Despite the raft of FTAs signed — often spruiked with stats showing vast amounts of money and half the world’s trade — on a country by country and regional basis, protectionism has been on the rise for the best part of a decade as this graph below shows.
New barriers are being added faster than old ones removed.
Can FTAs be harmful?
Rather than providing benefits, free trade agreements can be downright harmful.
Our very own Productivity Commission for years cautioned about signing these agreements because they deliver few benefits and may "impose net costs on the community".
Take the 2004 trade deal we signed with America.
That deal fundamentally altered Australia’s Pharmaceutical Benefits Scheme, limited the Commonwealth’s power to price medicines cheaply, and contributed to the soaring costs of our health system.
In a massive win for US pharmaceutical companies, it outlawed the practice of "reference pricing" which the Federal Government had used since 1940 to screw down the cost of medicine.
The grand Trans Pacific Partnership, abandoned by the US but signed by everyone else, had similar intent.
“Primarily, it was a strategic agreement designed to limit China’s influence and to curb its economic growth.”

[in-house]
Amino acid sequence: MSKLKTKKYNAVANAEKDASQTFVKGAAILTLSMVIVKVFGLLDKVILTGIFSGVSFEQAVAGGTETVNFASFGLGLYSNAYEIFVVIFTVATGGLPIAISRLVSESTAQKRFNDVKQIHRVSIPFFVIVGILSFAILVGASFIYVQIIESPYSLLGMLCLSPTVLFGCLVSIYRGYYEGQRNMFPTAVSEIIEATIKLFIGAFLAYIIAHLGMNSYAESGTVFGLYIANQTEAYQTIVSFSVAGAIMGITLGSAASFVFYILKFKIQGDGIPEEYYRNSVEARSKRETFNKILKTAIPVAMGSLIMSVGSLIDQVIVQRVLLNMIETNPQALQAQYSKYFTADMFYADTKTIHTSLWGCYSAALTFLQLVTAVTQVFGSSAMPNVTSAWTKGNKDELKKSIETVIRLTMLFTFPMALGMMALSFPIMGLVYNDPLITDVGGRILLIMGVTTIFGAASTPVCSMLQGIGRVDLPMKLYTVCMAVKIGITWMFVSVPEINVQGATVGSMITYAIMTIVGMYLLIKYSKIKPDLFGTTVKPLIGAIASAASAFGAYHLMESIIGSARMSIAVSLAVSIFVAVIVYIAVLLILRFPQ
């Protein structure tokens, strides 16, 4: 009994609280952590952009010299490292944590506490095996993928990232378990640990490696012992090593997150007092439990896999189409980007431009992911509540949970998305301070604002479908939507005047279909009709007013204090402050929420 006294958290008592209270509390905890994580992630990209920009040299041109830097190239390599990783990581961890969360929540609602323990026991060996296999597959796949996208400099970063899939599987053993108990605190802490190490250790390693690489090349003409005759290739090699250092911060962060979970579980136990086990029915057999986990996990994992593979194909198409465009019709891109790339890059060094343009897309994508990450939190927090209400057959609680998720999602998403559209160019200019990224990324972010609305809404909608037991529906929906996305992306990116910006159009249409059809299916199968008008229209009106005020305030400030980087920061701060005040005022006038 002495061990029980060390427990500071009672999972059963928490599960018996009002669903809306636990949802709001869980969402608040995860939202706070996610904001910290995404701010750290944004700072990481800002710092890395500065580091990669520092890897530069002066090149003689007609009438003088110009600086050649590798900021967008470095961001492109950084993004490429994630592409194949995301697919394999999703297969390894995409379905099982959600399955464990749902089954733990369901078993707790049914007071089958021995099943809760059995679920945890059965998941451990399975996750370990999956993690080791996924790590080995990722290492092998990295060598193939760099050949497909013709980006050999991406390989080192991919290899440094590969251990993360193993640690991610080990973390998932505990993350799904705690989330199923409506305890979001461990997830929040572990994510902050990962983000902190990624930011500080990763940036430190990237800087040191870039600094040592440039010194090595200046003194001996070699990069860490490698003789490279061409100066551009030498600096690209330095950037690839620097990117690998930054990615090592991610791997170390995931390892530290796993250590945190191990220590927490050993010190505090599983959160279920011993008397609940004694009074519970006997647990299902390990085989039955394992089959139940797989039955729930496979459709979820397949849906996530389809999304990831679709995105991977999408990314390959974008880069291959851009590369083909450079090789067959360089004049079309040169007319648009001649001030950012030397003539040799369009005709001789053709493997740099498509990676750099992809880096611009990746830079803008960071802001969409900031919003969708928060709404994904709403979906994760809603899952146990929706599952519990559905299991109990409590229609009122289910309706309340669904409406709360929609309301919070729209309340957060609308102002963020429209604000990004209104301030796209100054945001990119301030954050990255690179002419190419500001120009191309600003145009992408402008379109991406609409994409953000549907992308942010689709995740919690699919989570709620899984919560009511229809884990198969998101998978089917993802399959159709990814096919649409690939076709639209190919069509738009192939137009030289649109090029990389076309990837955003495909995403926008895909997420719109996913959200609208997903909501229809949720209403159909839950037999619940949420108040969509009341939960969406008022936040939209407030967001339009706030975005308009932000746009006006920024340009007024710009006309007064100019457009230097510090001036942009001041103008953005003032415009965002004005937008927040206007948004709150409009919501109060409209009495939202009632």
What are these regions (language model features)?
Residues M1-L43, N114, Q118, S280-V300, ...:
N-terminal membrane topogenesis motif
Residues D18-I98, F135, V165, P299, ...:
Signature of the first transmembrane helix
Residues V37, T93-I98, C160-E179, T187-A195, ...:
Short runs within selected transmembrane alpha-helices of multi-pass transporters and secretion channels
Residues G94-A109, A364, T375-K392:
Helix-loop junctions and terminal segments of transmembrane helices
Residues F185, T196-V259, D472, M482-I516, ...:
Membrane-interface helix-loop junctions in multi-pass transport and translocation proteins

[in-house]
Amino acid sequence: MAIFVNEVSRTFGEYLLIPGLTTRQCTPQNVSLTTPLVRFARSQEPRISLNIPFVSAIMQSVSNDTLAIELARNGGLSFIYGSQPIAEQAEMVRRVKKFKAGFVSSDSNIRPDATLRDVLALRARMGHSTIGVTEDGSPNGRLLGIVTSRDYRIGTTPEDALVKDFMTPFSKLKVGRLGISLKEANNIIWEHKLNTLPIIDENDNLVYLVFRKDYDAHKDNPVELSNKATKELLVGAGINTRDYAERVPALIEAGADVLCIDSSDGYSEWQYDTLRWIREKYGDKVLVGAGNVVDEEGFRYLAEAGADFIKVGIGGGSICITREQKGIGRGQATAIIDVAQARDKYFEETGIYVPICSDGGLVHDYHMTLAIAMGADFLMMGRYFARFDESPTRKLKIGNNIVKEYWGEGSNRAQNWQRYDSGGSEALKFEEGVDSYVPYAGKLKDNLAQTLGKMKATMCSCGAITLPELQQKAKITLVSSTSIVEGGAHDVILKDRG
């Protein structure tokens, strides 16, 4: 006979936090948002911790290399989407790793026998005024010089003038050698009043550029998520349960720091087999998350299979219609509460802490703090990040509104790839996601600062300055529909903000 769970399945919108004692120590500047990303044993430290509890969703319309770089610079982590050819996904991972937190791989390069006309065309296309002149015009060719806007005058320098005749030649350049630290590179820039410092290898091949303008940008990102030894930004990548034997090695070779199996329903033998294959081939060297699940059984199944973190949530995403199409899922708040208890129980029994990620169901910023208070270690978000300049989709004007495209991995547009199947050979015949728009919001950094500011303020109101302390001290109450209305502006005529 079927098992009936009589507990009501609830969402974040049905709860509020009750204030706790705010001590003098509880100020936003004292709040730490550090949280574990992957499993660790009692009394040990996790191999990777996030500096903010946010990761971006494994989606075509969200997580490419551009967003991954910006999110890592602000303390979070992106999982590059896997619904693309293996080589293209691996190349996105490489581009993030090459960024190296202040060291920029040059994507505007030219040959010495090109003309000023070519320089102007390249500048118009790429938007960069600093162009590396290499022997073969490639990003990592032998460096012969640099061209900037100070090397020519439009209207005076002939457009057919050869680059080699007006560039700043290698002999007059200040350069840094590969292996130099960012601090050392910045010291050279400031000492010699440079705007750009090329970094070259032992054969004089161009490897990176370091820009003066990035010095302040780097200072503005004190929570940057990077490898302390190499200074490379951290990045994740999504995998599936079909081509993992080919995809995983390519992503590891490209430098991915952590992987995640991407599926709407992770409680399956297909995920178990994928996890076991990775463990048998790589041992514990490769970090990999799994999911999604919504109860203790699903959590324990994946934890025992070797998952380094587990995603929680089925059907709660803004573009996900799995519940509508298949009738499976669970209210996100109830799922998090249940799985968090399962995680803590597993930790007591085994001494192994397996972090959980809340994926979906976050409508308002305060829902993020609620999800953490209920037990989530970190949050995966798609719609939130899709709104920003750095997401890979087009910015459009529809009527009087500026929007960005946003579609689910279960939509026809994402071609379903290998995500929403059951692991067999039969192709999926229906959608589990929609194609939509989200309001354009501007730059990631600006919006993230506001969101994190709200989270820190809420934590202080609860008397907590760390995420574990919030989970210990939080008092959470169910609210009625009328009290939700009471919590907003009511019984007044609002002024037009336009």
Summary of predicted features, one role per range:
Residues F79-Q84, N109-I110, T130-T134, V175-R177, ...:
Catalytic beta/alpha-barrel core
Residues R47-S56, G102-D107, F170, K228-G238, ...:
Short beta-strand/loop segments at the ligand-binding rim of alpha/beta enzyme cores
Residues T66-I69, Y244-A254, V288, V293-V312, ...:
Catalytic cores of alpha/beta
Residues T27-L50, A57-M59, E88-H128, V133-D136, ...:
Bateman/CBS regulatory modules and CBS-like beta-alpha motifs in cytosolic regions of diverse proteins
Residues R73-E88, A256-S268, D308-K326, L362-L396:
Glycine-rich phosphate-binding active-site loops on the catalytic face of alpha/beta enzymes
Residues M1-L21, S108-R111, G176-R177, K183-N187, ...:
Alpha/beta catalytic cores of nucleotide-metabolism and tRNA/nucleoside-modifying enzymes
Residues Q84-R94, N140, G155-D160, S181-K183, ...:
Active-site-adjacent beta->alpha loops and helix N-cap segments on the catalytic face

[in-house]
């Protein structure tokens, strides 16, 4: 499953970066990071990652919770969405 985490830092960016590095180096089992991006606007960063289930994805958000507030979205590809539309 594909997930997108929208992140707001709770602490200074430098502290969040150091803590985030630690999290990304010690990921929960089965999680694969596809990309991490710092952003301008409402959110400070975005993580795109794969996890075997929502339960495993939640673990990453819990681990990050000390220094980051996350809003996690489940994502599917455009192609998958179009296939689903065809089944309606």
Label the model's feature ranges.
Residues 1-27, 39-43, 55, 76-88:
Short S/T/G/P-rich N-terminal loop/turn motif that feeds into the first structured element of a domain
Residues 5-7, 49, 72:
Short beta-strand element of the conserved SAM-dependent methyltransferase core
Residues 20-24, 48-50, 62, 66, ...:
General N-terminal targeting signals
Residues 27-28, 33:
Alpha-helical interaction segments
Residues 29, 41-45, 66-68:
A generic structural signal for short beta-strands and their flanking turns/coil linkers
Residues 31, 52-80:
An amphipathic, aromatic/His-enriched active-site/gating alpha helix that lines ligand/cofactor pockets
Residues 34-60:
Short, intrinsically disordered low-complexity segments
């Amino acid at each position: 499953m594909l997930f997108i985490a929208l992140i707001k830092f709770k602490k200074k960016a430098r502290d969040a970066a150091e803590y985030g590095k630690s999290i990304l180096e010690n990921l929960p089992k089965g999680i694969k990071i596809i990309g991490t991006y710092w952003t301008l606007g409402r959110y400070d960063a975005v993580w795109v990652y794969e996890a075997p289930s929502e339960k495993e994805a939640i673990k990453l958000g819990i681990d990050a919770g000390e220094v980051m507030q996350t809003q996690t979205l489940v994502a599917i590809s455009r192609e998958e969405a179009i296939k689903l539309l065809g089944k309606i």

But it also contained clauses that extended the copyright and intellectual property rights of American firms, delivering them the ability to extend monopoly pricing practices and lock competitors out of the market.
That’s called protectionism and is the exact opposite of free trade.
Even worse, these agreements often include clauses that deliver power to foreign corporations to launch legal action against democratically elected governments on decisions they believe harm their commercial interests.
The most celebrated case was tobacco giant Philip Morris’s case against Australia over plain packaging of cigarettes.
To fight the battle, Philip Morris shifted its operations to Hong Kong to take advantage of an Investor State Dispute Resolution clause in a FTA Australia had signed with Hong Kong in 1993.
Philip Morris lost the case, which was held behind closed doors in a secret location. But the precedent was set.